They couldn't contain themselves. Not nearly drunk enough to merit their giggles, they tittered and ticked as they listened to the rules of the game. Their sideways glances and self-concious fingering of chips were enough to give away their uneasiness. I started to deal, explaining the rules as I went.
"It's a new game for a new year," I explained.
And then some smartass said, "Just so we know what we don't want you to call again, does this game have a name?"
I dealt the first up card, looked up with a glance of sheer malice and growled, "Timebomb."
Now, keep in mind, dear reader, this was a semi-bi-monthly poker game among friends. It was the semi-bi-monthly game where we played games like Seven Card No-Peak; Up and Down the River; The Good, the Bad, and the Ugly; and for the love of all that's holy, Trees (Deal five, bet once, then trade with the table at large until you get the hand you want, then bet until your stack is shorter than your manhood). I was not dealing'em up with a group of poker purists. I was in the middle of silly-game-poker-rabble, I'd invented a game on the fly, and they were laughing.
I had already shuffled, let the guy on my left cut, then removed the top card in the deck. I put it underneath an artfully arranged stack of the antes.
"We're playing regular Seven Stud, gentlemen. Play it out as you normally would. Should the game come to a showdown, the timebomb will go off."
They looked at me blankly, like the beer fumes from the table felt had somehow seeped into their blood stream.
I nodded toward the card under the antes. "The timebomb."
The assembled malcontents harumphed and harumphed as if I had just ruined the game of poker for them. Like I had taken the cards in the bathroom and wet on them. Like I had said No Limit Hold'em was for nuns and school children. A couple of guys--bidding to break the tension, or wind, whichever came first--started stacking chips on their hole cards like I had done with the antes.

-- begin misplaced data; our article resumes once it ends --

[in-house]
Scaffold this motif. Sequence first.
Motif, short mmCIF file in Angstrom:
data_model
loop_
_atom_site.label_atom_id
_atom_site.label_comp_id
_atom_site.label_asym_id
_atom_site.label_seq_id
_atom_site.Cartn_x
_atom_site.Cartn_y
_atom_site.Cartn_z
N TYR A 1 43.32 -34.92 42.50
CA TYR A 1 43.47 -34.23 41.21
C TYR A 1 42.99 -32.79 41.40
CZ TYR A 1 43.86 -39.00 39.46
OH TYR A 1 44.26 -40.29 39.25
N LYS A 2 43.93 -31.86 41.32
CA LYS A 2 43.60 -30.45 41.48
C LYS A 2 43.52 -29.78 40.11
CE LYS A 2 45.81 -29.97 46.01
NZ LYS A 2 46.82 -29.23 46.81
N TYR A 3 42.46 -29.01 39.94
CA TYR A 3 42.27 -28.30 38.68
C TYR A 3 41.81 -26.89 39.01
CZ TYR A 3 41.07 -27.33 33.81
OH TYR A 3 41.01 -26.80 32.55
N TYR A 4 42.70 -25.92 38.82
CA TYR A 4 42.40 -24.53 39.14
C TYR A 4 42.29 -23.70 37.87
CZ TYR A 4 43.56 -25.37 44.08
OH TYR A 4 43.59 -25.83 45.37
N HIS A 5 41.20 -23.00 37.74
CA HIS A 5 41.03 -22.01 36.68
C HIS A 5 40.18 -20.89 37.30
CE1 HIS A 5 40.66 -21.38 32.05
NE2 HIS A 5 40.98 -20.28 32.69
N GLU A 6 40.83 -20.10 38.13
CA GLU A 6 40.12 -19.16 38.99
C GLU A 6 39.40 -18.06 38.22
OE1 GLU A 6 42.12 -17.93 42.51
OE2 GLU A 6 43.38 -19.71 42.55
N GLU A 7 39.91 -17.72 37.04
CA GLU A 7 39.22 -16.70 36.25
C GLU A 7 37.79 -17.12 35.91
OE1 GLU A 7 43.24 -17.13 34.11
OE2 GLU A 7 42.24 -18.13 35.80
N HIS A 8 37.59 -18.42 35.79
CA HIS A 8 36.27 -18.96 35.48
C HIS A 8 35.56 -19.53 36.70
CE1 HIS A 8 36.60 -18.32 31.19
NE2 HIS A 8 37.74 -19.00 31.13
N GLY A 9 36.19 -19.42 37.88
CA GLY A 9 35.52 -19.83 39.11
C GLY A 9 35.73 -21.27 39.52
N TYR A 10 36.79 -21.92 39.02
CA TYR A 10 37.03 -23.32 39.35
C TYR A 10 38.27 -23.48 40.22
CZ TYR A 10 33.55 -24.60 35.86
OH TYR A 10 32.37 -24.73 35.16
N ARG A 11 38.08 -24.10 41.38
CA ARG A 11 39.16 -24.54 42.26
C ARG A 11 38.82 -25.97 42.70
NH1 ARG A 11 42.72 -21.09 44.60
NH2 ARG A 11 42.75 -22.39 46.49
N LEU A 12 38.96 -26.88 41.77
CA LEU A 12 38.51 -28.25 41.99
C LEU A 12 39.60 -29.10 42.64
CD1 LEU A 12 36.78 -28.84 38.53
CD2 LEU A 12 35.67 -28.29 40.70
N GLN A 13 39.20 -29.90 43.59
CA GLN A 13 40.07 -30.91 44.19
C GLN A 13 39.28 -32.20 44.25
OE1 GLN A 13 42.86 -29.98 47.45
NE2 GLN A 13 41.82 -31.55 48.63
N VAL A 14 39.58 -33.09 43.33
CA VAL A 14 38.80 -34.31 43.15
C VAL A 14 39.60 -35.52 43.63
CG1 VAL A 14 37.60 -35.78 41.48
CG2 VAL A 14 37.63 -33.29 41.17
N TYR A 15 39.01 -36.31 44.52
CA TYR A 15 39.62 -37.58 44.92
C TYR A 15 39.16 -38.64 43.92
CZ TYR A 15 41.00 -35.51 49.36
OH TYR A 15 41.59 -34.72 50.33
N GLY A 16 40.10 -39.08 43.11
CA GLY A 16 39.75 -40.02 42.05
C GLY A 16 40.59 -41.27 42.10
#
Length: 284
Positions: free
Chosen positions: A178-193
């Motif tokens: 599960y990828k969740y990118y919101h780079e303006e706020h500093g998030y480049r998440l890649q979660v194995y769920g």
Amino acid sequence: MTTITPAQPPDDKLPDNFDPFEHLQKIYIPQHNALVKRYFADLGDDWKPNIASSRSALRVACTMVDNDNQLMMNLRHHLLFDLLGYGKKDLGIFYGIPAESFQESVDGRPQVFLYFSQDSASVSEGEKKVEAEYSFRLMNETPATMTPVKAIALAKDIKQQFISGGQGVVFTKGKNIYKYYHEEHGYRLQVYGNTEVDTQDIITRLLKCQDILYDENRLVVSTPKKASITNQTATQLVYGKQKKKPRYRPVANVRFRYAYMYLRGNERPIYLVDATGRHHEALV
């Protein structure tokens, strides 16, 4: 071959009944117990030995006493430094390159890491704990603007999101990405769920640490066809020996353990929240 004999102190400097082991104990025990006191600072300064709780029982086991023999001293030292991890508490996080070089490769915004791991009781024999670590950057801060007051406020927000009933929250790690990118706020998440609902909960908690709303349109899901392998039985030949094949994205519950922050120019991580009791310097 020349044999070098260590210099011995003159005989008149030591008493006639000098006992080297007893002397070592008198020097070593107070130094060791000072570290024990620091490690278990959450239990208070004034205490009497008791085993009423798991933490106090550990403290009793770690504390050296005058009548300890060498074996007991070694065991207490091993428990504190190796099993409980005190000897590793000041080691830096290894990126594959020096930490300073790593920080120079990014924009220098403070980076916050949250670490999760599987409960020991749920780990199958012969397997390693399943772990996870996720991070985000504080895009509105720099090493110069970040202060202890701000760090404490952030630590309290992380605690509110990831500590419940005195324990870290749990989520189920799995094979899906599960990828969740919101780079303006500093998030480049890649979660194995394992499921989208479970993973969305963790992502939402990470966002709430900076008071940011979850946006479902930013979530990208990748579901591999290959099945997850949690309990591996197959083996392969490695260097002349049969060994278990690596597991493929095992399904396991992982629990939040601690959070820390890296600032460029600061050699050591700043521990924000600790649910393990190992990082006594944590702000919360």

"Look, I've got a timebomb, too!" Snicker. Hardy. And har har.
"The timebomb," I said, again nodding toward the card under the antes, "will only appear if this hand comes to a showdown. If it should explode, any card like it in any remaining hand becomes wild."
Harumph. Harumph. Chip-stacking, etc.
The betting began, the dealing continued, and we reached the final card. Two men remained, two solid players, two men who hate to lose. They bet, they called. And then they stared in fear...at the Timebomb.
The exact details of the hand escape me at the moment, but suffice it to say, the Timebomb could've really messed up one hand. The tension was fantastic. In the end, the better hand won, and chance played no role in the game.
I wanted to stand, take out my manhood, throw it on the table, and scream, "Now, that's better than half the worthless games we played tonight." But I didn't. I was overwhelmed by the mocking. I was drowned out by the noise of players stacking their chips as I had artfully done with the antes.
And so the night and the mocking continued. I maintain the game was not as bad as it seemed. Any player fearing the rath of the Timebomb could try to bet his opponent out of the game. Any player getting committed to hand could pray for the unlikely event the Timebomb would kill his opponent (odds guys, what are the odds of that happening?). There's little difference in that than waiting for the Dirty Bitch to arrive, or fearing the Ugly.
And though the mocking was enough to make a gamesmith's manhood shrink in shame, justice always finds its way home.
When I left at the end of the night, my Hold'em win stack stood above the shame.
And it stood high.